In his early days in Chicago, Hemon sought out strangers to play soccer and chess with. Soccer and chess brought moments of transcendence into his life. The evocation of such moments is one of the book’s delights. At Atomic Cafe he spends weekends playing chess against Peter, a Belgrade-born Assyrian whose only son was killed in Iran’s Islamic revolution. It is Peter who, on learning where his opponent is from, says perhaps the only thing worth saying: ‘‘ I am sorry.’’
One day the rain’s pelting down and the group of men Hemon plays soccer with — all of them from somewhere else, all recipients of hard, anguished lives — continue playing. For a moment there, a perfect moment, the field is so flooded he cannot see their feet. Hemon is watching and the men are levitating. the CIA insignia. The story, however, was reported widely at the time, which points to the book’s chief deficiency.
I could not identify a single instance in which Ellis has added to the historical record or delivered a fresh insight to enrich our understanding.
After wading through this compendium, I am still at a loss as to why he wrote it, still less why Penguin published it. Had it been a hotoff-the-press ‘‘ quickie’’ that hit bookstores at the start of 2012, it would have made more sense. Bringing it out 18 months later serves little purpose.
The publishers, confronted with the challenge of composing a blurb for the back cover, note that it will ‘‘ refresh and repopulate our memories’’. But a new book surely has to do more. It creates a sense that anybody with access to a handful of news websites could have written this kind of book, and also that nobody should have.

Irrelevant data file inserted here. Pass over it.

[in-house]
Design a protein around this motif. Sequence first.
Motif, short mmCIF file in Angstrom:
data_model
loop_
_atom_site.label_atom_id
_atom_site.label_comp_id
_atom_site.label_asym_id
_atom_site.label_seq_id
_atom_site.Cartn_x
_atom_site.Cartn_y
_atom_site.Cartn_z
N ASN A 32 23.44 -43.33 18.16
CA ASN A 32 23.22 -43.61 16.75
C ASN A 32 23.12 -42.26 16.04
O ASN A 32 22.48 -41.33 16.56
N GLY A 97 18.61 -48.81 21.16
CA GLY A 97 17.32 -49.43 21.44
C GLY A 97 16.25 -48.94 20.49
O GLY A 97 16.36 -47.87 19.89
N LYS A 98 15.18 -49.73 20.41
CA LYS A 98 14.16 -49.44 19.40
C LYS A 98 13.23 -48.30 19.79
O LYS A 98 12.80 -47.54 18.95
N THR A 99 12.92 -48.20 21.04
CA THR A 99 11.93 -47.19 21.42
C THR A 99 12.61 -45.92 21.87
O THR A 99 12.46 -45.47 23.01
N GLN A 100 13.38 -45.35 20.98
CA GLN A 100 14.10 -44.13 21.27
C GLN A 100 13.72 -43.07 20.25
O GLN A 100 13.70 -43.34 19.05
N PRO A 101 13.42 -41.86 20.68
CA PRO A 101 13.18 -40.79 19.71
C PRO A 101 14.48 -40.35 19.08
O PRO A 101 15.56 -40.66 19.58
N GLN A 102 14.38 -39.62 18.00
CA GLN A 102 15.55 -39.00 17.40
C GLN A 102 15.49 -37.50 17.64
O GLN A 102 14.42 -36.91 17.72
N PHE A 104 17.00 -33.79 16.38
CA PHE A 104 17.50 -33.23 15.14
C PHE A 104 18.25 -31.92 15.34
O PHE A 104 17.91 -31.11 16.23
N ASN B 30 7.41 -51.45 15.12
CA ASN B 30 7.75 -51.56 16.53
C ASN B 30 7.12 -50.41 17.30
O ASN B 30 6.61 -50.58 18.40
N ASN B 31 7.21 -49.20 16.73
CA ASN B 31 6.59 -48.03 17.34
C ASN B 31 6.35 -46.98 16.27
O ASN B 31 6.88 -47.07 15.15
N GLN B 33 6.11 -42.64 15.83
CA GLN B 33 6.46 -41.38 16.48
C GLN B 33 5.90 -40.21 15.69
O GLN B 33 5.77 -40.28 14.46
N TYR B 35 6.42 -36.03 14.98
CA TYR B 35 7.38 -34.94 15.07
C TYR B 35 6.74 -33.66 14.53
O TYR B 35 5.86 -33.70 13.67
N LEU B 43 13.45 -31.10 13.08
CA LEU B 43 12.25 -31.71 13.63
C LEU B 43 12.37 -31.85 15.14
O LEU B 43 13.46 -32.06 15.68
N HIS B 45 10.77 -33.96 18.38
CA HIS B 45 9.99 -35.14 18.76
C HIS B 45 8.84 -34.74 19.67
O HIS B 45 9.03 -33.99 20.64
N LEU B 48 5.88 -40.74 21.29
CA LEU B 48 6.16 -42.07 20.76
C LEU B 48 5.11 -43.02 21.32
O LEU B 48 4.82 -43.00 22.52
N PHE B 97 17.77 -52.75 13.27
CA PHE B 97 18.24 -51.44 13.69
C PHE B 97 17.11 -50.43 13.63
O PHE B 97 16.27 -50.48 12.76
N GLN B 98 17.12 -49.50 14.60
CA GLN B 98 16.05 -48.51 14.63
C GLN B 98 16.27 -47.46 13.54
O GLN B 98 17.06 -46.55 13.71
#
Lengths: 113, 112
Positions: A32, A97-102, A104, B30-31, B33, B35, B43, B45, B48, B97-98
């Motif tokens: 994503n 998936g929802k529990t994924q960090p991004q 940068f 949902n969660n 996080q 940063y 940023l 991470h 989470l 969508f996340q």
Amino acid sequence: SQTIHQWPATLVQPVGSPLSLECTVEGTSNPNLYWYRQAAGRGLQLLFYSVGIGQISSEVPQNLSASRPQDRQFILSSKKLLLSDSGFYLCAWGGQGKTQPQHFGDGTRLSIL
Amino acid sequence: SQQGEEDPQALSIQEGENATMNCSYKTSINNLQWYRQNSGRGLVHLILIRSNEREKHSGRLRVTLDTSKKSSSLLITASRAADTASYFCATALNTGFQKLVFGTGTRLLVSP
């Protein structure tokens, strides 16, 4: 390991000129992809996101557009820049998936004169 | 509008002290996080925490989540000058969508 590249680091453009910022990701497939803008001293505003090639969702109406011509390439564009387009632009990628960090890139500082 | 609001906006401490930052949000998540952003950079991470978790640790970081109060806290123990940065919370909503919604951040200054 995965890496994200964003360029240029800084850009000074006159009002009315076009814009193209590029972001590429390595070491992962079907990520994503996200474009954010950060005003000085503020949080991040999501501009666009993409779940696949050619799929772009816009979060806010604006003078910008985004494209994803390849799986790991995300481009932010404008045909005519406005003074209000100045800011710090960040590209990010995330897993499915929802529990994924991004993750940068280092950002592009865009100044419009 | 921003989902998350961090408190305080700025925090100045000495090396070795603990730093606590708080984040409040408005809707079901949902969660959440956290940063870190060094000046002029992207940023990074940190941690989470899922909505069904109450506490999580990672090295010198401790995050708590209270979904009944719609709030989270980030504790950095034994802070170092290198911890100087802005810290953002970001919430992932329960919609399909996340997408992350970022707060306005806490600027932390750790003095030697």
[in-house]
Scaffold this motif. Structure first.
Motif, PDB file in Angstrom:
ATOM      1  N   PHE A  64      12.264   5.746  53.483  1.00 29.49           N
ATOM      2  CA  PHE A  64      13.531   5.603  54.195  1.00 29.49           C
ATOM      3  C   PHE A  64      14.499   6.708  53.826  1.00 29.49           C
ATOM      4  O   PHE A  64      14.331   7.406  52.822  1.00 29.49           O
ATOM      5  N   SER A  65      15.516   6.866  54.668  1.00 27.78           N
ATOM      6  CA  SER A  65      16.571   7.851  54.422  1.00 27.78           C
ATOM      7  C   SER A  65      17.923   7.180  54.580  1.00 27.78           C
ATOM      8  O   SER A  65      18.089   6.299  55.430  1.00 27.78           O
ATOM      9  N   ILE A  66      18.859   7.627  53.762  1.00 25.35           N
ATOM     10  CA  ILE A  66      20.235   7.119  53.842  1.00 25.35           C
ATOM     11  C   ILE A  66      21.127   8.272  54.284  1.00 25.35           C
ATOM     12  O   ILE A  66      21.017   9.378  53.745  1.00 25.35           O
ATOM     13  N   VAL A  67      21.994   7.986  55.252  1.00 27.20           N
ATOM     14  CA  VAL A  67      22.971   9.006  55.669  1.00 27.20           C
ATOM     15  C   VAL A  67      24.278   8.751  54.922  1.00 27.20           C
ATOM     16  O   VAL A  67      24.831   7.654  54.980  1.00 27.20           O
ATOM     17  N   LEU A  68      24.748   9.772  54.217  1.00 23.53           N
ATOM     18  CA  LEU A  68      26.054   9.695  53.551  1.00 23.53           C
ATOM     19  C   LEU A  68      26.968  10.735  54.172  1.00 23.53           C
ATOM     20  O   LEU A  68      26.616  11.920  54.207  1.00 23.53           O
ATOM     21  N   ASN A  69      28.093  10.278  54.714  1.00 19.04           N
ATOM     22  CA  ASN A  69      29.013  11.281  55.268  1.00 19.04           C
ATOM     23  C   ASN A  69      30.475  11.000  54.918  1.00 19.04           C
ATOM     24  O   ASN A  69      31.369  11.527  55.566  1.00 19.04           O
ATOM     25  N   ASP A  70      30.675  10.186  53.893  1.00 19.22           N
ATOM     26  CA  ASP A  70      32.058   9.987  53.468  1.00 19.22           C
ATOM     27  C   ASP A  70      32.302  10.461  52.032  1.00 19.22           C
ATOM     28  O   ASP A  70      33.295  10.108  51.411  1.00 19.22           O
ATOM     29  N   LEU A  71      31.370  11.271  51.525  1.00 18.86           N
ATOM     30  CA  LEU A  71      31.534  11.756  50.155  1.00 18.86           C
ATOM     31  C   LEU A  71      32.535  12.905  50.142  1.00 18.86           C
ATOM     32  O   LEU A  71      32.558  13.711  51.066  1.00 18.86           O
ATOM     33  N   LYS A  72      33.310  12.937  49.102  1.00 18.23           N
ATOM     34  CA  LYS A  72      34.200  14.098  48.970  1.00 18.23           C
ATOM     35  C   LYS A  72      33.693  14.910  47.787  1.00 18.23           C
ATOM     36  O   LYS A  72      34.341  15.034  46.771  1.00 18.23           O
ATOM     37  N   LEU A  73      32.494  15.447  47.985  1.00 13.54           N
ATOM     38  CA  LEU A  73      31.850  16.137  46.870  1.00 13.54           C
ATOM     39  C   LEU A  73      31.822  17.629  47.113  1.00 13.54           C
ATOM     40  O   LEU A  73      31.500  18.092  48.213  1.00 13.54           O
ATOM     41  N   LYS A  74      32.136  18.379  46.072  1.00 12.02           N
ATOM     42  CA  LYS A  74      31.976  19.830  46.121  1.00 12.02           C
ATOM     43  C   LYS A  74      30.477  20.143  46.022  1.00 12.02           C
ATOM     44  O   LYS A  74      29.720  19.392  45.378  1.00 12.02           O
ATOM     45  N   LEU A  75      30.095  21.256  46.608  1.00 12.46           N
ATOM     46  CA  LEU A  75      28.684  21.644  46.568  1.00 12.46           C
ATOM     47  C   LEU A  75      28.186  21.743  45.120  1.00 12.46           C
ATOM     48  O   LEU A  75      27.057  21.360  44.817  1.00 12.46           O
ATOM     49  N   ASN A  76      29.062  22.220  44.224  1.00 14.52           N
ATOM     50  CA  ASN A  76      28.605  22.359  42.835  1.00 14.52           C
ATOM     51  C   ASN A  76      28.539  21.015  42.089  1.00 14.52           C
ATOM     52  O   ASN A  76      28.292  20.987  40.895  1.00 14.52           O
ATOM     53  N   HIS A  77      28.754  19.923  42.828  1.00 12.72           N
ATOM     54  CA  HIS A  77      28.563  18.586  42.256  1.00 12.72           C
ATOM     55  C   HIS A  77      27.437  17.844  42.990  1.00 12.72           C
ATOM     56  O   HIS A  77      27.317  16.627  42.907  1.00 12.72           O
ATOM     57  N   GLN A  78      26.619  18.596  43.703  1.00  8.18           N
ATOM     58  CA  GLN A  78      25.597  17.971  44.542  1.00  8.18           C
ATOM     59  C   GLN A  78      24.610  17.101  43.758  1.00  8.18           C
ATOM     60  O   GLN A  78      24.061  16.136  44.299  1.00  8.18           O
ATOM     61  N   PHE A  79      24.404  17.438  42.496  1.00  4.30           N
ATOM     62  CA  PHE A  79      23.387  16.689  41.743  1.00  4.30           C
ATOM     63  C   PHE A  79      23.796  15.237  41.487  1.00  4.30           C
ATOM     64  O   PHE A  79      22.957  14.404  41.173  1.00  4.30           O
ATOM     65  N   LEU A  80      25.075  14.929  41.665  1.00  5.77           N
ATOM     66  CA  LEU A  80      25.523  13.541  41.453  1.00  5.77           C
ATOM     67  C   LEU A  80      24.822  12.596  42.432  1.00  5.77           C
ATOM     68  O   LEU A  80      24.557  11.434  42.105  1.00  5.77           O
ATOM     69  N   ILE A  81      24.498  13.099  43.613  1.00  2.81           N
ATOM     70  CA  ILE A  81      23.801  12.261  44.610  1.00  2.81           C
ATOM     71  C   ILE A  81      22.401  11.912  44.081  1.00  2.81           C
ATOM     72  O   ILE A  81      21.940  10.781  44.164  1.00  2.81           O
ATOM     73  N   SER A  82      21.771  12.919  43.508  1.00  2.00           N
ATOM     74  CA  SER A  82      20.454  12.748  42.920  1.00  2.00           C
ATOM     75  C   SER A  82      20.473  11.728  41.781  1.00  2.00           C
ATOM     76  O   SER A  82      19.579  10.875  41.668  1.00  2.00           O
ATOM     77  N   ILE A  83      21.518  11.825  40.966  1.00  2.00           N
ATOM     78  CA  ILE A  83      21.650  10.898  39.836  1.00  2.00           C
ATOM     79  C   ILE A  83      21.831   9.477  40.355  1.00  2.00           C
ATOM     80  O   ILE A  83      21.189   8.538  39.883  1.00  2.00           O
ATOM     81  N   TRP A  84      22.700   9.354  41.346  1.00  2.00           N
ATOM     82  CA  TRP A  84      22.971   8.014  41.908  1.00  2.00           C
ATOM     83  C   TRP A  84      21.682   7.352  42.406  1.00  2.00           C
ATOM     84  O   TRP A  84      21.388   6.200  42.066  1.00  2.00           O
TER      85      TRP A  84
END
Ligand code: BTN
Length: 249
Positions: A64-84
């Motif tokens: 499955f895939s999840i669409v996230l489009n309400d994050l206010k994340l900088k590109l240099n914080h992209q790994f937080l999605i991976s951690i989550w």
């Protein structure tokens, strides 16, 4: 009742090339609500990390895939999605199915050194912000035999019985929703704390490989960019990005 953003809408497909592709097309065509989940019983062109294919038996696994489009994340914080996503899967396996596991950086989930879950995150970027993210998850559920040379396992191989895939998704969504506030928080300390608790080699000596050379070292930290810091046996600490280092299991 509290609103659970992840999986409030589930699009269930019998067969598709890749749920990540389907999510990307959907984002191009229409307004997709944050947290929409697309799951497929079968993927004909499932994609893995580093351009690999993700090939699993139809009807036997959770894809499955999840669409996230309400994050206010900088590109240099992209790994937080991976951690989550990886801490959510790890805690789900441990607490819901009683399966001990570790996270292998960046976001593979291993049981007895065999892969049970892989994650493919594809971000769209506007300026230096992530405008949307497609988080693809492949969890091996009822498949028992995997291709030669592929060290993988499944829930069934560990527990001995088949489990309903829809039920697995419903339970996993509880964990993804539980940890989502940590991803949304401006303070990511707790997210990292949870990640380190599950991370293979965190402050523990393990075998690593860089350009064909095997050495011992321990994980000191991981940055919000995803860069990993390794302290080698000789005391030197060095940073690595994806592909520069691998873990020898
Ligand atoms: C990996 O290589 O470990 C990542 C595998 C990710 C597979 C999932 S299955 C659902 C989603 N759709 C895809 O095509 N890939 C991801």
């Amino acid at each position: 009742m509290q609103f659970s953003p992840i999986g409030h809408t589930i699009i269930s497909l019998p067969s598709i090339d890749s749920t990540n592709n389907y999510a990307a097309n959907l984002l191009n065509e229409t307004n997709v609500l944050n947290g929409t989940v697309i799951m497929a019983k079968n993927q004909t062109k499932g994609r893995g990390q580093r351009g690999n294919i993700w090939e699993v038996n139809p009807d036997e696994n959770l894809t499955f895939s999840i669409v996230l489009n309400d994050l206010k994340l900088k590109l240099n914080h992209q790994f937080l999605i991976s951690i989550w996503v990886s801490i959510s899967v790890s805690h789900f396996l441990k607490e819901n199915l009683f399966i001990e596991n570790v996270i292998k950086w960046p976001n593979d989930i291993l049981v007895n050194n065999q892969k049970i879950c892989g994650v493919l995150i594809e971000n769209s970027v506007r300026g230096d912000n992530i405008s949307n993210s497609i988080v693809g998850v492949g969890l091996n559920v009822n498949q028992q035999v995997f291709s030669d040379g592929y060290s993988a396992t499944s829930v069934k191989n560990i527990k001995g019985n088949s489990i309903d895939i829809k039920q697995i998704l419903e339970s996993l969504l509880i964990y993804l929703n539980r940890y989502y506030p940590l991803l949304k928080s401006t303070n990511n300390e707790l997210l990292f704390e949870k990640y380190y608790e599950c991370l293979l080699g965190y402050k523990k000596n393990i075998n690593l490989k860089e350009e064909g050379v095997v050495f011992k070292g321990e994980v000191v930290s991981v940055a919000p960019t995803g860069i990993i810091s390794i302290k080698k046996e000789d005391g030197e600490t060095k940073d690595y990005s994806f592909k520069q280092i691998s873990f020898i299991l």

Absent is any great overarching thesis, or much of an attempt to explain the forces driving, say, the Arab Spring. Rather than being structured in a thematic manner, which would have lent itself to more theorising and intellectual coherence, it is merely a blow-byblow chronology. Even then, the structuring is hard to fathom. Monthly chapters are subdivided into numbered sections, which one assumes at the beginning equate with days of the month. It soon becomes apparent, how- ever, that these numerical sections are completely random.
As far as I could tell, Ellis has not borne witness to any of these events other to watch them on television or read about them in the newspapers. Large chunks are from previously published articles, which are introduced with the grating line: ‘‘ Of this Ellis wrote’’. Even more strangely, he quotes at indented length from the work of his collaborators, Damian Spruce and Stephen Ramsey. ‘‘ Of this, Damian Spruce wrote’’, and so on. Like Ellis, they are good writers, but their contributions add to the sense of disjointedness.
Of Ellis it should also be observed that some of his passages feel as if they were delivered to the publisher chiselled on granite, or perhaps dictated by the author clad in a toga. ‘‘ Osama bin Laden’s tall silhouette,’’ he announces, ‘‘ bewitched America’s bad dreams in Christendom’s third millennium like no other.’’
Perhaps there are those who will enjoy reading about news events two years after the fact. Here, though it probably was never his intention, Ellis has produced the perfect antidote to the hurtling pace of Twitter: slow news.
Even the title, The Year It All Fell Down, is never explained adequately. Ellis has produced a peculiar and frustrating book.
Aftermath of the 2011 tsunami in northern Japan